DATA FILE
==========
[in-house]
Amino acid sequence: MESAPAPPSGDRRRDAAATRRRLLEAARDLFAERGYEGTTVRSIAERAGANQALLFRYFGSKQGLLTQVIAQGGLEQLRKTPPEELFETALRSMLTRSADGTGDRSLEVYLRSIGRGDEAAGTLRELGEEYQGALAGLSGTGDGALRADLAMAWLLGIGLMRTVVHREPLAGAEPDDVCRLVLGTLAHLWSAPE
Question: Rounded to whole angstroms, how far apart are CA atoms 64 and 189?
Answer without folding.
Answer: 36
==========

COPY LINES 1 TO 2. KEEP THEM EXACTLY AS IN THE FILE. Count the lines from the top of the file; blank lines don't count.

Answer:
[in-house]
Amino acid sequence: MESAPAPPSGDRRRDAAATRRRLLEAARDLFAERGYEGTTVRSIAERAGANQALLFRYFGSKQGLLTQVIAQGGLEQLRKTPPEELFETALRSMLTRSADGTGDRSLEVYLRSIGRGDEAAGTLRELGEEYQGALAGLSGTGDGALRADLAMAWLLGIGLMRTVVHREPLAGAEPDDVCRLVLGTLAHLWSAPE